Calling (out) all college students!
How many times have you pretended to answer a text on your phone, or greet a friend a few feet away, just as someone at a booth or table asks: “Are you registered to vote?”
Let’s dissect that scenario a little bit. How quickly can you say
No, I’m an out-of-state student, and I’m only registered to vote in [insert state here], and I don’t know how to fill out an absentee ballot, because I’ve tried before and it’s really complicated.
without having to wait for a response before we run off to our next commitment? Not that fast. So we make a split-second decision: oftentimes, just evading the situation.
For two years, I did the same thing, simply smiling and nodding as I ran off to my next class. It wasn’t until I took leadership positions on campus when I began to realize just how many decisions we entrust our elected leaders to make. So many times, I hear other students say, “The issues they talk about don’t affect me.” Maybe it seems that way, but our elected officials make policies and interact with others who will affect our day-to-day lives.
It wasn’t until I took leadership positions on campus when I began to realize just how many decisions we entrust our elected leaders to make.
But we’re millennials, right? Our generation is known for our social activism and engagement in national issues! However, data shows us otherwise.
In 2008, only 48.5 percent of 18-24 year olds voted, compared with 70.3 percent of those 65 and older. The same trend appeared in 2012, with 41.2 percent of 18-24 year-old’s voting, compared with 72.0 percent of those 65 and older. With a millennial population that is slowly overtaking the baby-boomers’, the Presidential election this year is crucial in beginning to form the nation that we will live and raise our children in.
This begs the question—where are we, young people?
There are many explanations for the lower voting trends: complications in registration processes, lack of knowledge about the voting process (especially if students attend college outside their hometown or state of residence), or the (lack thereof) direct impact of issues in our day-to-day lives being discussed on the campaign trails.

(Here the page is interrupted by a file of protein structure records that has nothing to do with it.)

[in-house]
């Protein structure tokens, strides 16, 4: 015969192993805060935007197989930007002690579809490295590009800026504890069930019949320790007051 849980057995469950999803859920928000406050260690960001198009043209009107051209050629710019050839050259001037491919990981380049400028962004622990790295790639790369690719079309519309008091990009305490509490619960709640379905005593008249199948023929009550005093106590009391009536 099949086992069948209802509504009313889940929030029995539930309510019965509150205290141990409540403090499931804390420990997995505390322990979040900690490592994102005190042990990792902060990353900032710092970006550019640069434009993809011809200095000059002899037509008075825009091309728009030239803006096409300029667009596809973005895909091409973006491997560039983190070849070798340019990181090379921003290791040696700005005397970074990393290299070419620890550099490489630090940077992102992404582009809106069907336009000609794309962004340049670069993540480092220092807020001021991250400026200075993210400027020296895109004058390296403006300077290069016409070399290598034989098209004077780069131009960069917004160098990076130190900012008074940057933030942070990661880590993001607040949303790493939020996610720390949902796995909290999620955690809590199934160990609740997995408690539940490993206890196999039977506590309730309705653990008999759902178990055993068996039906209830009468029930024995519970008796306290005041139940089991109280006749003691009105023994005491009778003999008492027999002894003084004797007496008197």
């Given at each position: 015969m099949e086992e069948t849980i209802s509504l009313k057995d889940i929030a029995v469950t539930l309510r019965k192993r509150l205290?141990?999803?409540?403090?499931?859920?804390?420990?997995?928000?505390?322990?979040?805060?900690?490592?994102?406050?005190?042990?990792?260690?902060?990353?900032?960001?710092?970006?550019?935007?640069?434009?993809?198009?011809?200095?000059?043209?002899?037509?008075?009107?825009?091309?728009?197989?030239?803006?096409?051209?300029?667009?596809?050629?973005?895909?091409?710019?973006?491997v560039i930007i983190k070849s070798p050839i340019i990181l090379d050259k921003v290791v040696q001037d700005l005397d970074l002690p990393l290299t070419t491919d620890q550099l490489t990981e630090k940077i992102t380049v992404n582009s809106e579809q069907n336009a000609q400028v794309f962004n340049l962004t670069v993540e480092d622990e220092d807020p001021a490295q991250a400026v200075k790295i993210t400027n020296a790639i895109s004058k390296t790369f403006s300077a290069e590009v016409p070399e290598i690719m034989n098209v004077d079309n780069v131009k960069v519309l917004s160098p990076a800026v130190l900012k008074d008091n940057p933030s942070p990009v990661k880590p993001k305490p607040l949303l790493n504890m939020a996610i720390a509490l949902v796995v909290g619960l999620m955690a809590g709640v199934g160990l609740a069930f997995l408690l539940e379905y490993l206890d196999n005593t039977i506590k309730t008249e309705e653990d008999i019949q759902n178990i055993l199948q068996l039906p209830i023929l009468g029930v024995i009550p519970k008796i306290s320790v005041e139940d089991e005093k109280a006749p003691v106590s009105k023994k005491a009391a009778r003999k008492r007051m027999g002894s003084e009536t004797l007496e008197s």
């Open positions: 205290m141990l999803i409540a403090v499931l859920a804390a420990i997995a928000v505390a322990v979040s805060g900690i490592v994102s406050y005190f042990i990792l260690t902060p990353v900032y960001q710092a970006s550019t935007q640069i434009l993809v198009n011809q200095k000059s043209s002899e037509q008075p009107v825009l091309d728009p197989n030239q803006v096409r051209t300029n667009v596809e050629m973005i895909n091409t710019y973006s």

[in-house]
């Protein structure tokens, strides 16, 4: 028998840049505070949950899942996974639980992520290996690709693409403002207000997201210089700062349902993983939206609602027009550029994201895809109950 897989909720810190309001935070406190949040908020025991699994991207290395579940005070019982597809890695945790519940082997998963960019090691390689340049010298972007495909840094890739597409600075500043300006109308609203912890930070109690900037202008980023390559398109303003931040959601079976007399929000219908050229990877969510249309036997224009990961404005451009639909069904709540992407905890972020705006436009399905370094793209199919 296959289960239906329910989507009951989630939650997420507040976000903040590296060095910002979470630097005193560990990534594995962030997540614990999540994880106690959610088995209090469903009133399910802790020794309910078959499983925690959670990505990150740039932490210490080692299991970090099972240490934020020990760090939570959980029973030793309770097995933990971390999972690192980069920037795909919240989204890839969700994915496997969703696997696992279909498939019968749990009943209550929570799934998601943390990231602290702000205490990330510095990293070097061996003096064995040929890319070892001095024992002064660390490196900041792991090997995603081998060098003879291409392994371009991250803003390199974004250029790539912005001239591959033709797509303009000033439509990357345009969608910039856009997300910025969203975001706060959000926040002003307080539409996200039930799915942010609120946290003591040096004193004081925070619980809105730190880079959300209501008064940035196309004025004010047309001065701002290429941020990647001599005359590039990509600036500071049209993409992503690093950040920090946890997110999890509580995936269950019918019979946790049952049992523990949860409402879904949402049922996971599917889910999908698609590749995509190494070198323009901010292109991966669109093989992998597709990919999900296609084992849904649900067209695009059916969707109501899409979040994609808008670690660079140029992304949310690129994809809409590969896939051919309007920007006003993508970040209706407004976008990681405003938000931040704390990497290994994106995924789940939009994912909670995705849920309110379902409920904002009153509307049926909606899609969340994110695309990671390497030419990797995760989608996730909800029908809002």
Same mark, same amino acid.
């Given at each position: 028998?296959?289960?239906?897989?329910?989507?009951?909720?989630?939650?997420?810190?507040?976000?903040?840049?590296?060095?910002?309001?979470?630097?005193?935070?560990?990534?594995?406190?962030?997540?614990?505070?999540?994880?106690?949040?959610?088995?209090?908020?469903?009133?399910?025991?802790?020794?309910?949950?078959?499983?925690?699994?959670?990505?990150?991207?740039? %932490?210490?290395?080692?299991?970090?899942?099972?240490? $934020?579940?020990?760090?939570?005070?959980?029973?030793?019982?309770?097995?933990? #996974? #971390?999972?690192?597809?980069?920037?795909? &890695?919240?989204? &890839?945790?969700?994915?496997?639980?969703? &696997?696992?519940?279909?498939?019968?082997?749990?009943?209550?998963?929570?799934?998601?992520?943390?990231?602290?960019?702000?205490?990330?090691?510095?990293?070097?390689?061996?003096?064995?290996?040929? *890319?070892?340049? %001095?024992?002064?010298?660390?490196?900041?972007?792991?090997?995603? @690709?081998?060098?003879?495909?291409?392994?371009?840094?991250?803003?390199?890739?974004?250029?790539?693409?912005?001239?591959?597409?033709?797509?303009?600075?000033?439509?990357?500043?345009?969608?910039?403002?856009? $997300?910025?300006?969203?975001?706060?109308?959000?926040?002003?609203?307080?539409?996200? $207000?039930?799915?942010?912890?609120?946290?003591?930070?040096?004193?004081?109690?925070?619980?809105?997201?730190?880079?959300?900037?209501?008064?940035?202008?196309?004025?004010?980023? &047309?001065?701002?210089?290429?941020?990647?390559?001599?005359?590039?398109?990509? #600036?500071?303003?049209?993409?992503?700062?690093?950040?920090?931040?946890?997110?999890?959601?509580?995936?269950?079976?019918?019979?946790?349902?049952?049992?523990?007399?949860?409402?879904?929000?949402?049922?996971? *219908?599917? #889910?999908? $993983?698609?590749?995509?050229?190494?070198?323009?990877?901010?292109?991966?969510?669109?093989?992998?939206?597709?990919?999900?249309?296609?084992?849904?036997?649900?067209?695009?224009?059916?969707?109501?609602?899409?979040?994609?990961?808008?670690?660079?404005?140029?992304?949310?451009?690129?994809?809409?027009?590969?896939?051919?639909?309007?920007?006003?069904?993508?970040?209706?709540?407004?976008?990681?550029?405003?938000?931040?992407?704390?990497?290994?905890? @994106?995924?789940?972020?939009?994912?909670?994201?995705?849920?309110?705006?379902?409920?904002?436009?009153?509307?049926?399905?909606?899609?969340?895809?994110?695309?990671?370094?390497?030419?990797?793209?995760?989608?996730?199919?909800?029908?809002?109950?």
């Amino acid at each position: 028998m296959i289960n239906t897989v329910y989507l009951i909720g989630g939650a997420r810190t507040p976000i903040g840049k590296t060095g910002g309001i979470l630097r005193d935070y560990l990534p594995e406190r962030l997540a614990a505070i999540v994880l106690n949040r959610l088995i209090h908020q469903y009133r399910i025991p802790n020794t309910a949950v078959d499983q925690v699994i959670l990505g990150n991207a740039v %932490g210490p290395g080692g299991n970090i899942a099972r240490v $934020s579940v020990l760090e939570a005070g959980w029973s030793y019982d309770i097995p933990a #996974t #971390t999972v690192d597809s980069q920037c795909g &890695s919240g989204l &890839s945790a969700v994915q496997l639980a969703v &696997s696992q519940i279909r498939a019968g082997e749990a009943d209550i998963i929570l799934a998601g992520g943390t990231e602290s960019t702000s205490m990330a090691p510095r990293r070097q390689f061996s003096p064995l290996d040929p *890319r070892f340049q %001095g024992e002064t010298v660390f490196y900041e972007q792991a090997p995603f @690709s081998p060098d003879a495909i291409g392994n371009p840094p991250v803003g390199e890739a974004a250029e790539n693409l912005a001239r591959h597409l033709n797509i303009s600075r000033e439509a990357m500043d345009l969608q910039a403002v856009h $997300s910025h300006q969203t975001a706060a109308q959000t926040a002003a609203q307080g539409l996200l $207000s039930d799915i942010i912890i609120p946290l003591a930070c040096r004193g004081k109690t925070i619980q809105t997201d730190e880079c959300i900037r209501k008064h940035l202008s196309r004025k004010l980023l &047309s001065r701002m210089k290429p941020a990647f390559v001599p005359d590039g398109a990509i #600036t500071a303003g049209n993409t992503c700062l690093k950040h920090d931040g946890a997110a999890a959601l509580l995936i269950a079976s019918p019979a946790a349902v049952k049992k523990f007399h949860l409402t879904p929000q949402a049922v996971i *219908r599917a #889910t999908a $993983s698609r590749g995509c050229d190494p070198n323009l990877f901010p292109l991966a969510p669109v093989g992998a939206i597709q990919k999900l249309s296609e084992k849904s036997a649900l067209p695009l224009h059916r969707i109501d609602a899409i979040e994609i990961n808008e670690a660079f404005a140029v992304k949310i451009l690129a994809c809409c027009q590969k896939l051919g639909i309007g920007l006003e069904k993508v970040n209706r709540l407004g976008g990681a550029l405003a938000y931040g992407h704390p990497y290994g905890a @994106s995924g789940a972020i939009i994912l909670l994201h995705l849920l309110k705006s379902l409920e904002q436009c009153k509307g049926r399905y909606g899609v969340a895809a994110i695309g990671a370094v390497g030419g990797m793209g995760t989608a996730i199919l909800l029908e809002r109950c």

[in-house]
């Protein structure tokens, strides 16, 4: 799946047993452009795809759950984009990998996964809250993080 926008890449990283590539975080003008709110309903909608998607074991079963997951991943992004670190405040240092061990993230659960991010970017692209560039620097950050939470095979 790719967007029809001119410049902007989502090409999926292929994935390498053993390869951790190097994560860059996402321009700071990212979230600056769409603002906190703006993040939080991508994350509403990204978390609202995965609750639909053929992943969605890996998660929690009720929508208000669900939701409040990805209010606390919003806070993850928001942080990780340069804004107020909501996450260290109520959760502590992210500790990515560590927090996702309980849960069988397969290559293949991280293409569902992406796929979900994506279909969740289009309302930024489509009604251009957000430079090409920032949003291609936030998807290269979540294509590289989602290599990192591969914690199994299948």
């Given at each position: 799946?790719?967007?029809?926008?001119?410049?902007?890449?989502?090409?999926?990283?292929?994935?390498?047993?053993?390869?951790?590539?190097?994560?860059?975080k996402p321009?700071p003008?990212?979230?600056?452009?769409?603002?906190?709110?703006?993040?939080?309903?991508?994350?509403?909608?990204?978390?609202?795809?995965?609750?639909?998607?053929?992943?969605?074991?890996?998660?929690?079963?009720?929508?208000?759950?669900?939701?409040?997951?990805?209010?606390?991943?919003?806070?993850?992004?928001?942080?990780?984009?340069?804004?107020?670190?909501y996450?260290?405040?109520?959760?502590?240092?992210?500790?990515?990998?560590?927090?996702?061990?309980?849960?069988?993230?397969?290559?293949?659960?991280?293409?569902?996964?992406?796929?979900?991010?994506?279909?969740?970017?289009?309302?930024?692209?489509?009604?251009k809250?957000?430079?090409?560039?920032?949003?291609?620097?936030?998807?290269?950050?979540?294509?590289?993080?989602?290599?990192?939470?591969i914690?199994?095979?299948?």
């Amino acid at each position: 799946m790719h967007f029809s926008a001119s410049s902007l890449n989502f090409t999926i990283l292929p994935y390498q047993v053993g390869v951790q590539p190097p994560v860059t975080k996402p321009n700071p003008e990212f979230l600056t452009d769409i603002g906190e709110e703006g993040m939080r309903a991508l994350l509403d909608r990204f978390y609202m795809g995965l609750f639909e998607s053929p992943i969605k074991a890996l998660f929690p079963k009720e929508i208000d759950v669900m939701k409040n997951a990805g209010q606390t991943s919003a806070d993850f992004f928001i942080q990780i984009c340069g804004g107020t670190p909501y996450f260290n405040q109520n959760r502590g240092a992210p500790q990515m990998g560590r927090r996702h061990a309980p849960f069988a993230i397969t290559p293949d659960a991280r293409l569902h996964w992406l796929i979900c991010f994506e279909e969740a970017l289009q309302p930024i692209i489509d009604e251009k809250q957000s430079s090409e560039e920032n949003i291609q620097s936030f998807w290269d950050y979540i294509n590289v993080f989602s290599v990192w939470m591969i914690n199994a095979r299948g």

Our generation is known for our social activism and engagement in national issues. However, data shows us otherwise.
But aren’t we throwing away an opportunity that millions of people fought for just 200 years ago? As a black female, I cannot afford to waste this opportunity to elect people who will advocate for me. I cannot sit idly by on Election Day; because by not voting, I am making a decision. If I want to see a world with more people who look like me in positions of leadership, then I need to get to the ballots to vote. In such a crucial election year, voting is not an option for me, and it should not be for you.
Everyone’s reason for voting might be unique, but our generation constantly works for the progression of our nation. We advocate, march, and organize, to create change in our communities; but when it comes to electing the people who we feel will make the decisions that we’re lobbying for, we don’t follow through.
As a black female, I cannot afford to waste this opportunity to elect people who will advocate for me.
It’s like preparing for an exam for weeks, months even, and then deciding not to take it at the last minute because we have to drive to the testing facility or register online.
That doesn’t make any sense.
After hundreds of years of men and women tirelessly working to reverse voter suppression, we cannot waste the ability to unify and get to the polls this November. Voting rates in presidential elections typically range in the 60th percentile. Millennials can do something about that figure. Our time is now, and every single one of our votes matter. This is what it means to be a citizen. Voting is not a privilege or a right. It’s a duty, and it’s our duty.
I’ll be voting this election season (and every season, for that matter). Will you join me?
How to vote
Vote-by-mail ballot request deadline: Varies by state
For the Nov 3 election: States are making it easier for citizens to vote absentee by mail this year due to the coronavirus. Each state has its own rules for mail-in absentee voting. Visit your state election office website to find out if you can vote by mail.Get more information
In-person early voting dates: Varies by state
Sometimes circumstances make it hard or impossible for you to vote on Election Day. But your state may let you vote during a designated early voting period. You don't need an excuse to vote early. Visit your state election office website to find out whether they offer early voting.My Election Office
General Election: Nov 3, 2020
Polling hours on Election Day: Varies by state/localityMy Polling Place